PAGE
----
In 1964 the property was purchased by the Queensland Sub-Normal Children's Welfare Association and at this time some alterations were made to allow the house to be used as a hostel. These probably included converting the original double hipped slate roof into a single hip roof over the main rooms, installing bathrooms over the cellar and bricking in fireplaces. Landscaping was also done at this time, including the re-use of stone blocks from either the kiln or demolished sections, in order to form garden terraces.
In 1975 the National Trust of Queensland obtained a National Estate Grant to purchase Claremont, which was then sub-leased back to the Q.S-N.C.W.A. for three years. After remaining vacant for two years, the house was leased in 1980 to Architect Bruce Buchanan and restoration work began. In the following year the first open day for the general public was held. The Buchanan's moved out of the house in the mid eighties and the house has not been used since as a residence.
Considerable work has been done to Claremont since it was purchased by the Trust including the reconstruction of the verandah to its original form.
Claremont is a single storey, Georgian style house with verandahs which addresses the Bremer River on the north. It is built to a U shaped plan with wings of differing lengths. The style is reminiscent of earlier houses in Sydney and Tasmania and is rare in Queensland, although Claremont has some resemblance to Oakwal in Brisbane and to Ormiston House at Wellington Point, which were built a few years later.
The house is symmetrically arranged with French doors opening onto the verandah, which extends around the sides of the house. There is a stone paved verandah at the rear. The verandah roof has been reconstructed to its original form of a concave profile roof supported by simple posts on plain plinths.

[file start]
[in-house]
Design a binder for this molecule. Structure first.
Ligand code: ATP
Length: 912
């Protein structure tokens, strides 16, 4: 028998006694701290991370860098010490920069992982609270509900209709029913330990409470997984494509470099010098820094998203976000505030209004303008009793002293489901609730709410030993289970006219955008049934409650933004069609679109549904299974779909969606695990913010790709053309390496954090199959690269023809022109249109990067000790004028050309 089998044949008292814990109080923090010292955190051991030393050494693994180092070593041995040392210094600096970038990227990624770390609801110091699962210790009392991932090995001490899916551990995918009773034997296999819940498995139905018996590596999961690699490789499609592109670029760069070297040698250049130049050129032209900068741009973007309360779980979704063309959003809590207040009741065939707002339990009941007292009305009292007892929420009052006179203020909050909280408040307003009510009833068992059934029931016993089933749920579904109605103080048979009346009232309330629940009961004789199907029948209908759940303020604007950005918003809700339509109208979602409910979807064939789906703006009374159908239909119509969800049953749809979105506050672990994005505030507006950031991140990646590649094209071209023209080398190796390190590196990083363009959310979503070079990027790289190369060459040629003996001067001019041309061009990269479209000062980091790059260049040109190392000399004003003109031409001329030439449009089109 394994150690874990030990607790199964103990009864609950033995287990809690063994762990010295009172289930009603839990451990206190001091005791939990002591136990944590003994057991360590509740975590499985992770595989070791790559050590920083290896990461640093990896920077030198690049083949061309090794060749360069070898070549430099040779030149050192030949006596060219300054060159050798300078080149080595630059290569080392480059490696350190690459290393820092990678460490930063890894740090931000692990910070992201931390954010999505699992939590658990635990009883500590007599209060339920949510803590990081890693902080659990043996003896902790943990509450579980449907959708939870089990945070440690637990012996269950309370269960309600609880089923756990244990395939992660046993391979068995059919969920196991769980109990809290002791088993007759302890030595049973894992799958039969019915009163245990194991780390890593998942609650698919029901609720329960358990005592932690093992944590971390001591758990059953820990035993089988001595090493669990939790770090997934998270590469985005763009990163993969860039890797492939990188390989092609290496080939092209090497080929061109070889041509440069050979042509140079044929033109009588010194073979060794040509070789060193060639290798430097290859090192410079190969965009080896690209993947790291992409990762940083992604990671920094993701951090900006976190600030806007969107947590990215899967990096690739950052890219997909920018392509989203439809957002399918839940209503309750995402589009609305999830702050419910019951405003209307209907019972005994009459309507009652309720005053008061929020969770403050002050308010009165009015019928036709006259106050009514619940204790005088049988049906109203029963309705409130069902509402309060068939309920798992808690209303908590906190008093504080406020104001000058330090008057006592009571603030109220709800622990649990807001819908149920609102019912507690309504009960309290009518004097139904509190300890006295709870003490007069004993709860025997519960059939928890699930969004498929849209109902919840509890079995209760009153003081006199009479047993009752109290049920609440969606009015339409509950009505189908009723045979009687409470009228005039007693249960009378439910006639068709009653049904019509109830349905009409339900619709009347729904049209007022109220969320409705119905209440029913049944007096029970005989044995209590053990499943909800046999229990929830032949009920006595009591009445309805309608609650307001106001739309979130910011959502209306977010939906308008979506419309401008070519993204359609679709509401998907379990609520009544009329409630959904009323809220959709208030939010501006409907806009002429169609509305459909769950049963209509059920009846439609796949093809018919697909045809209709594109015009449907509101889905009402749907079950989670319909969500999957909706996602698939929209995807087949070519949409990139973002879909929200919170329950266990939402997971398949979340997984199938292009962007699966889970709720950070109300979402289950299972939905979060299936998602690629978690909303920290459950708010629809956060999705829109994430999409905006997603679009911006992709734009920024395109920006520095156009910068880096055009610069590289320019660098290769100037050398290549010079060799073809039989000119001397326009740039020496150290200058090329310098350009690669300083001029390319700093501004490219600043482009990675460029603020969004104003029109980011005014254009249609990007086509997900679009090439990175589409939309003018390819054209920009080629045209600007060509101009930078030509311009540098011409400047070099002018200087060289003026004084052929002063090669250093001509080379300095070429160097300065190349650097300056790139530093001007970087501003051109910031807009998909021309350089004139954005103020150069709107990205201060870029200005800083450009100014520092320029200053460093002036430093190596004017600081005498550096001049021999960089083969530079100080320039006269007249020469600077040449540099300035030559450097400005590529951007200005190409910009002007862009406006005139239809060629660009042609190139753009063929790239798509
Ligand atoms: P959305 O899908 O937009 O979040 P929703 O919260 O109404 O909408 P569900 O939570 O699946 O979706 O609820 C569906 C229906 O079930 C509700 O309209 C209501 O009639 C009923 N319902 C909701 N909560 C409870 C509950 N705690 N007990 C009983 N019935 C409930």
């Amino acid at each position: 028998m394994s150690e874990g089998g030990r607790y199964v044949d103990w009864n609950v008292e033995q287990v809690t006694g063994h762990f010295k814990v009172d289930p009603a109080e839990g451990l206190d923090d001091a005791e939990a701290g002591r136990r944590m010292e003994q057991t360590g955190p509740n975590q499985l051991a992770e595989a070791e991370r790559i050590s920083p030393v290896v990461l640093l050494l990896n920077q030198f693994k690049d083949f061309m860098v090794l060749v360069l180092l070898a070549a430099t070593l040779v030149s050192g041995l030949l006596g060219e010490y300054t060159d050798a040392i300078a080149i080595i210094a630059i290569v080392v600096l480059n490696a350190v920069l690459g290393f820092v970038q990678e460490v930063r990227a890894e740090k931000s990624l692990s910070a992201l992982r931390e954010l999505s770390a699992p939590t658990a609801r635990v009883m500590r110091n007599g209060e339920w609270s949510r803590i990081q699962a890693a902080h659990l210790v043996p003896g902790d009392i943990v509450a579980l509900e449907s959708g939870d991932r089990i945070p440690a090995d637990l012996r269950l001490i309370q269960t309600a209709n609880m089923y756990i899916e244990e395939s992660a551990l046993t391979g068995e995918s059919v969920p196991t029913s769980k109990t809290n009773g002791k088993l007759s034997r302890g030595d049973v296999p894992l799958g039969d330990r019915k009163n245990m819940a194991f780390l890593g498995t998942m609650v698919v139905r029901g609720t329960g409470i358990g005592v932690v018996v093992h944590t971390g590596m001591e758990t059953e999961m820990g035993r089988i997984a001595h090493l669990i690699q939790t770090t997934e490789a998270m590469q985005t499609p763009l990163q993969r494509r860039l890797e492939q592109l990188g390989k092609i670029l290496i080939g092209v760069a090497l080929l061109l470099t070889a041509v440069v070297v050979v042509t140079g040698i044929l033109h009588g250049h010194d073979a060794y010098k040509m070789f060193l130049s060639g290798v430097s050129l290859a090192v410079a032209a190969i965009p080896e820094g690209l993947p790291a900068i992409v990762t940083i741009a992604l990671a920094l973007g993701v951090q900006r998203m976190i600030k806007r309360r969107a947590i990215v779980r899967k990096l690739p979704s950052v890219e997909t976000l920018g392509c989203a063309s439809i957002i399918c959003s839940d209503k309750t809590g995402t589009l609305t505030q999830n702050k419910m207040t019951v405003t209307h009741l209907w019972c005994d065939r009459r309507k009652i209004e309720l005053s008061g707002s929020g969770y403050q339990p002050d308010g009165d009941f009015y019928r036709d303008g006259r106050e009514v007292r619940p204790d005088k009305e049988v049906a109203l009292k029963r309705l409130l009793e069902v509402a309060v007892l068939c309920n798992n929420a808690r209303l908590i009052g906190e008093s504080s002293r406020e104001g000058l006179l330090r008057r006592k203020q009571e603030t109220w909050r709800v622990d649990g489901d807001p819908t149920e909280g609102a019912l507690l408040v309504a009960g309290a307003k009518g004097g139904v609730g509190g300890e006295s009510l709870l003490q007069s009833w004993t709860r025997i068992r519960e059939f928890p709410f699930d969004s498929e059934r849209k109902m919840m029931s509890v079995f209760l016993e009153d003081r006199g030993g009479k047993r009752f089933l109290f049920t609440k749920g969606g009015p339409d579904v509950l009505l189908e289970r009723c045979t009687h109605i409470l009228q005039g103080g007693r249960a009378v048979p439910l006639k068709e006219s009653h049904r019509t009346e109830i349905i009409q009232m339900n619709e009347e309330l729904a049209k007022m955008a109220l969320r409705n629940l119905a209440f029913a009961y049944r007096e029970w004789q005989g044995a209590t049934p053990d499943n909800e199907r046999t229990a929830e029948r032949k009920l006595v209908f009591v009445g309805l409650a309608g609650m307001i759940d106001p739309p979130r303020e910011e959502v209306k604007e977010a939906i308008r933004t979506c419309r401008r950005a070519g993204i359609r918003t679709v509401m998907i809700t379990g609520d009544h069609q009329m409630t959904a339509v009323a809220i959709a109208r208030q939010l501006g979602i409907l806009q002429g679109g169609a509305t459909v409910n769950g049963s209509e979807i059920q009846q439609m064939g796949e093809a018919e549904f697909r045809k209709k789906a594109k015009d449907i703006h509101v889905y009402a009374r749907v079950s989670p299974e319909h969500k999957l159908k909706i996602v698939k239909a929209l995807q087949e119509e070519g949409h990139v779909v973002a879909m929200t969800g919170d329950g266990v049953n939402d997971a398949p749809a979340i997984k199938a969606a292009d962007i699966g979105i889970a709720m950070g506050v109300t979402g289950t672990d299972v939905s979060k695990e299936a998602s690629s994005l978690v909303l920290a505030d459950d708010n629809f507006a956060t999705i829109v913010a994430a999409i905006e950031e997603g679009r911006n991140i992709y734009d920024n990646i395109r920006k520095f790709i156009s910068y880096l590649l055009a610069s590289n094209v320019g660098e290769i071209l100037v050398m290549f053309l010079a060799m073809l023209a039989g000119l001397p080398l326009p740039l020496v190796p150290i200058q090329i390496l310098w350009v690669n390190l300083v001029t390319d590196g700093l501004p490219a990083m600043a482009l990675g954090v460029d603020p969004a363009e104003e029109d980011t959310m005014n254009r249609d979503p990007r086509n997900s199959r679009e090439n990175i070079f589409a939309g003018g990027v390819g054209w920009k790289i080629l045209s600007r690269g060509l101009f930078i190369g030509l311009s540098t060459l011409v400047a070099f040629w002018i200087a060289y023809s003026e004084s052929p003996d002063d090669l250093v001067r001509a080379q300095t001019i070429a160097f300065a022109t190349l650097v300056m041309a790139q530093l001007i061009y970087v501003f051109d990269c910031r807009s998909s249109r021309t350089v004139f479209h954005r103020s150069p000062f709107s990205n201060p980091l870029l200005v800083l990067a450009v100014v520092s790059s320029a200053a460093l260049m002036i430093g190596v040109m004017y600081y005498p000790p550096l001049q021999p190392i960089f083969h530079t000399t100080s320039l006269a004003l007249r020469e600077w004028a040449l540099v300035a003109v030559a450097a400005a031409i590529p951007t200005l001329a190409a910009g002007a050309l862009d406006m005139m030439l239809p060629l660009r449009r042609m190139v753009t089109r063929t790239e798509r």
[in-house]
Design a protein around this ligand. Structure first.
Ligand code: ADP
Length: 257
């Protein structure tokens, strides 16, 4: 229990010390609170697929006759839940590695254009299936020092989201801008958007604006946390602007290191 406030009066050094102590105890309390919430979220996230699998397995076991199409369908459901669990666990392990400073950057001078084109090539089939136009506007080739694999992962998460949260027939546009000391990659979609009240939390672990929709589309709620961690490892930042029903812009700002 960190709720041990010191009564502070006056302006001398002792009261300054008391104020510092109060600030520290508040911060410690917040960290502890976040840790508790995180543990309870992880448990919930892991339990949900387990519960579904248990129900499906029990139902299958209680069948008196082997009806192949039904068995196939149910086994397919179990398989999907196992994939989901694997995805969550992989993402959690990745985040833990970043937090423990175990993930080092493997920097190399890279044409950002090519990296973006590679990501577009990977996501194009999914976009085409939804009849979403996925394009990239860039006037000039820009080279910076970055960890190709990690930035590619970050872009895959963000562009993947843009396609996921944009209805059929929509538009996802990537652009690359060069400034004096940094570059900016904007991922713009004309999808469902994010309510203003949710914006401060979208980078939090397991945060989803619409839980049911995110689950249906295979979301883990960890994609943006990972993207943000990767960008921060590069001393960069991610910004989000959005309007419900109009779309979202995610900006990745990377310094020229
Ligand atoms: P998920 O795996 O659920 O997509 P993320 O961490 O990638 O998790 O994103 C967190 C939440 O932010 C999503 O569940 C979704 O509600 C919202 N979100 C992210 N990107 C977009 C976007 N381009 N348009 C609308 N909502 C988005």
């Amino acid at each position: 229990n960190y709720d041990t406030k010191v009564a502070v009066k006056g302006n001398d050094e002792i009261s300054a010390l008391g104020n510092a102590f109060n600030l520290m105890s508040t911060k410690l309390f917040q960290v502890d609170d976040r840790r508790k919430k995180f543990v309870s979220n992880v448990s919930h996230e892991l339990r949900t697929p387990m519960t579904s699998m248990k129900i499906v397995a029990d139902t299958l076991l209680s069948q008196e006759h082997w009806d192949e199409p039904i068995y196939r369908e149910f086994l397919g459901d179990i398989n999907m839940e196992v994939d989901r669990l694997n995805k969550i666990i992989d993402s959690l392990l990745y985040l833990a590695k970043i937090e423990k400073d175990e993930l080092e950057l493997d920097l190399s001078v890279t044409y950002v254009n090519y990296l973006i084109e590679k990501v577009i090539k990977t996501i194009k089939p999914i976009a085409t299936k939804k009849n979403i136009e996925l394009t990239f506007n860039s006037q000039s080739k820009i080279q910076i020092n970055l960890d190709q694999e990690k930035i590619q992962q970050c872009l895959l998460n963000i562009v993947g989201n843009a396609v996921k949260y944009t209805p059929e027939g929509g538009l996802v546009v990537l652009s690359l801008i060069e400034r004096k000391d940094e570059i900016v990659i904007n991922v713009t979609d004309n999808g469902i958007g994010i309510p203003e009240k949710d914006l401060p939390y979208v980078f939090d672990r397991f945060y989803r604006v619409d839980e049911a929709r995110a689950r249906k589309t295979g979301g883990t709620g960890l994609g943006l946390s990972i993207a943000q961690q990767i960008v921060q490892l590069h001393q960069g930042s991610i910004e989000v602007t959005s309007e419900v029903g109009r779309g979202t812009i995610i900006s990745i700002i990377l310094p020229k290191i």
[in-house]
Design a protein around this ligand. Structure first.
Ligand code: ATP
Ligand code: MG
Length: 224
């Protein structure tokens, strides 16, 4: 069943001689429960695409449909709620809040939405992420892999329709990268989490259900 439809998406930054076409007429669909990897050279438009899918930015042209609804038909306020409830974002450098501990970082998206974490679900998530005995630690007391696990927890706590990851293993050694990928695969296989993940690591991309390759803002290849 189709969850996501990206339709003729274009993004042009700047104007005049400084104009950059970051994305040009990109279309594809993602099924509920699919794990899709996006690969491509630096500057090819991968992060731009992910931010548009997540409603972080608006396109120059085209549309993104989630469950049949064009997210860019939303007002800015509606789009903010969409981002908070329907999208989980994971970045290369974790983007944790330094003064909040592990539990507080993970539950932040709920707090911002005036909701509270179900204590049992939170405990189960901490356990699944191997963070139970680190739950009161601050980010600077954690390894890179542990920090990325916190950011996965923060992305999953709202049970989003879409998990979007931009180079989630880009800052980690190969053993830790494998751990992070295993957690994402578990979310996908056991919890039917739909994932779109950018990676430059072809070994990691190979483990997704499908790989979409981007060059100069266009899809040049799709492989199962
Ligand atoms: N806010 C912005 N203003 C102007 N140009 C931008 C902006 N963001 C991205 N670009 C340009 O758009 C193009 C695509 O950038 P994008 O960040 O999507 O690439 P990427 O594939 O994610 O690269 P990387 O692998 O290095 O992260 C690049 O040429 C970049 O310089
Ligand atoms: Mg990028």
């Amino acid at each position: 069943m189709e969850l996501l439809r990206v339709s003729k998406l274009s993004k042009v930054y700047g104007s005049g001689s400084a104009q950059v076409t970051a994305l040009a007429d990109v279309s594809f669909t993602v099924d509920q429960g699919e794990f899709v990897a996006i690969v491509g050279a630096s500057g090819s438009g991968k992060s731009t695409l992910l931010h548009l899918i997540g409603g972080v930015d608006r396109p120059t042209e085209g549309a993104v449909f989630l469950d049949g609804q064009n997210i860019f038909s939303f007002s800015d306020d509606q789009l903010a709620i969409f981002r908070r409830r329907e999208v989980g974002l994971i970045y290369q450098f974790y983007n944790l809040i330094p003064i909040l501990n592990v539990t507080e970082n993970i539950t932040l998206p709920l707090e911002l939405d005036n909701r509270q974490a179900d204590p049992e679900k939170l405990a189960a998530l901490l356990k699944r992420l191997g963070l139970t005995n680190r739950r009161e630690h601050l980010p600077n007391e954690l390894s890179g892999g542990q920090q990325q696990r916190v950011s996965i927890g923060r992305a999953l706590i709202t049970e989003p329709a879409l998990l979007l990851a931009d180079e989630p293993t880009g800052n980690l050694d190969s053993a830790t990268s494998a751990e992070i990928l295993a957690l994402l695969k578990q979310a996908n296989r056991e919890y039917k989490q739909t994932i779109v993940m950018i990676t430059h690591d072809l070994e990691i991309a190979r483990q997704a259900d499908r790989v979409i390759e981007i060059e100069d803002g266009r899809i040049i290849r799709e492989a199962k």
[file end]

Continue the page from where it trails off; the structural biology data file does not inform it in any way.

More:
It is constructed of a local sandstone, possibly from Woogaroo Quarry with brick walls internally. The form of construction is rare, incorporating timber tie beams at lintel level through the stone work. The framing for the original double hipped roof including the box gutter and some battening for slates, remains under the current roof which is single hipped and is clad with corrugated iron.
Decorative detail to the interior, such as the classical motifs on the cornices of the drawing and dining rooms, is simple and classically inspired in accordance with the Georgian style. There are nine chimneys and some original marble fireplaces and grates survive as does some door and window joinery.
There is a brick lined, stone flagged storage cellar beneath the former bathroom on the western side of the house. The original half spiral access stair survives, but much of the floor framing in this room is reconstructed. The kitchen also retains a stone flagged floor.
The gardens retain some elements of the original planting and a number of fine or unusual specimens including Ulmus parvifolia, golden bamboo, early varieties of hibiscus and an early, locally propagated variety of bouganvillea.
The view to the Bremer River survives.
Claremont was listed on the Queensland Heritage Register on 21 October 1992 having satisfied the following criteria.
The place is important in demonstrating the evolution or pattern of Queensland's history.
Claremont and its grounds demonstrate the evolution of Ipswich from a convict outpost for burning limestone, to an important early mercantile centre and a major city of Queensland.
The place demonstrates rare, uncommon or endangered aspects of Queensland's cultural heritage.
The house is a rare example of an early Georgian villa in Queensland and incorporates early and unusual building techniques.
The place has potential to yield information that will contribute to an understanding of Queensland's history.
The house and its grounds have the potential to yield, through the existing buildings and from archaeological evidence, information on the early use of the site and on the lifestyle of early owners.
The place is important because of its aesthetic significance.
It is also important for its aesthetic value as a work of architecture that is well liked by the community for style, material and detail.
The place has a special association with the life or work of a particular person, group or organisation of importance in Queensland's history.
Claremont has a strong association with John Panton and with the Thorn family, who were connected with the site from the earliest European occupation and who contributed to the development of Ipswich and of Queensland.